Tracking these events and correlating them with resource and cluster state metrics can shed light on possible issues, such as insufficient node capacity. For instance, if you are alerted to abnormal behavior in the number of available pods, Kubernetes events can shed light into whether there are scheduling problems with a specific Deployment. If so, you can investigate further.
AWS events from services like EC2 and Auto Scaling can also provide information on the state of your cluster’s underlying infrastructure. These can help identify possible high-level resource availability issues. For example, Auto Scaling events will help confirm whether instances are being launched properly when needed. Other events might relate to instances failing health checks or being scheduled for termination. If you notice problems with your nodes’ status, or that your nodes aren’t scaling as expected, AWS service events can provide more information.
In this post we’ve taken a look at key metrics for monitoring Amazon EKS. These include both Kubernetes metrics to track the performance and health of your EKS cluster and metrics for additional AWS services that provide the infrastructure your cluster runs on. Together, they will give you insight into whether any parts your cluster are not working properly and help you determine if you need to scale up your cluster to support the applications running on it.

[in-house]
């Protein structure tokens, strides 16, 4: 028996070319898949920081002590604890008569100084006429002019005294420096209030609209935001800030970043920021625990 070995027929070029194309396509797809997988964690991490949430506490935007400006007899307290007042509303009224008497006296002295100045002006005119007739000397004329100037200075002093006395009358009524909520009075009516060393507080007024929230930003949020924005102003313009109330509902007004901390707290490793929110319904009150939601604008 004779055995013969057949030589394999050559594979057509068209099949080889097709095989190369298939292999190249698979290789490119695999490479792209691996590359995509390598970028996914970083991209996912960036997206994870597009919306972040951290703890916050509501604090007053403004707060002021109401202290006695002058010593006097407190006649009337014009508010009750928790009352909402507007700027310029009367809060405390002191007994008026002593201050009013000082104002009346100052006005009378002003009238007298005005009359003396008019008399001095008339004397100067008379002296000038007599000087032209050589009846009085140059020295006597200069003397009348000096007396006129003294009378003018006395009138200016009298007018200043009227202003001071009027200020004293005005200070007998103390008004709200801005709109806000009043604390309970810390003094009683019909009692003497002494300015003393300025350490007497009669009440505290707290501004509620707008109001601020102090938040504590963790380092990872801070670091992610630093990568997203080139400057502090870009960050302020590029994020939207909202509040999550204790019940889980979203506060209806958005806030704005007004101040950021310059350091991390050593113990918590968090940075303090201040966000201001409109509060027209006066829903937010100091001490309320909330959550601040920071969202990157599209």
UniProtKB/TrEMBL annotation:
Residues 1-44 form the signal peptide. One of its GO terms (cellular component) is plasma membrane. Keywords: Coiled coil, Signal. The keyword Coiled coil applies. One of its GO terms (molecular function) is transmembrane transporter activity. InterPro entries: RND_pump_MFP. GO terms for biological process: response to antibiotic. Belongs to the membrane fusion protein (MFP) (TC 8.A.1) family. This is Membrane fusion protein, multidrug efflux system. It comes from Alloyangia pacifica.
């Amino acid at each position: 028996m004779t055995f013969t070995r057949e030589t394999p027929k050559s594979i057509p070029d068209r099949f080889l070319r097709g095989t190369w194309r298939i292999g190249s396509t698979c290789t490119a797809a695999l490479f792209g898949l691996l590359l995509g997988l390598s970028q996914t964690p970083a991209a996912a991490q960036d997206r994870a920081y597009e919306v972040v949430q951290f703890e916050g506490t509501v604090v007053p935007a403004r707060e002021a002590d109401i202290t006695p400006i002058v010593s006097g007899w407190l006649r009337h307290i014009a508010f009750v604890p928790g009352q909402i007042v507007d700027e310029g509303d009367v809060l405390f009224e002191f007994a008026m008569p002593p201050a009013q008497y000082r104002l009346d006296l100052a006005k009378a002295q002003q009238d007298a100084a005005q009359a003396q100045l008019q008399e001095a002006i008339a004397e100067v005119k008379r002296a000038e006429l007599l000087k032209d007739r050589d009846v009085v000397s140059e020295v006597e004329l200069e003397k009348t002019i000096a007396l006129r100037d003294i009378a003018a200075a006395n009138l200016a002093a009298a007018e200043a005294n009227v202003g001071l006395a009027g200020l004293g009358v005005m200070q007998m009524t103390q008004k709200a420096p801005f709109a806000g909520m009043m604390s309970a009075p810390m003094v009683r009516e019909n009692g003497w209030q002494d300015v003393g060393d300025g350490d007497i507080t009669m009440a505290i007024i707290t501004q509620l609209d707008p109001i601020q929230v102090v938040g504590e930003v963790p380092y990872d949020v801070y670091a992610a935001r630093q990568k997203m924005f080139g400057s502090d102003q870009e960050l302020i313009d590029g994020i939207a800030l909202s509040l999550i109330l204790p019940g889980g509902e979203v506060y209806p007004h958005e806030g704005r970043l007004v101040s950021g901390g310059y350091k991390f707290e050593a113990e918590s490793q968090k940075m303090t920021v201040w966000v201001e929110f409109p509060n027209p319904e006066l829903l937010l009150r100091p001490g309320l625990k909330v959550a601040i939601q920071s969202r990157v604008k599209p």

In the next part of this series, we will dive into how to collect these metrics, including using common Kubernetes monitoring tools as well as CloudWatch to gather AWS service metrics.
We wish to thank our friends at AWS for their technical review of this series.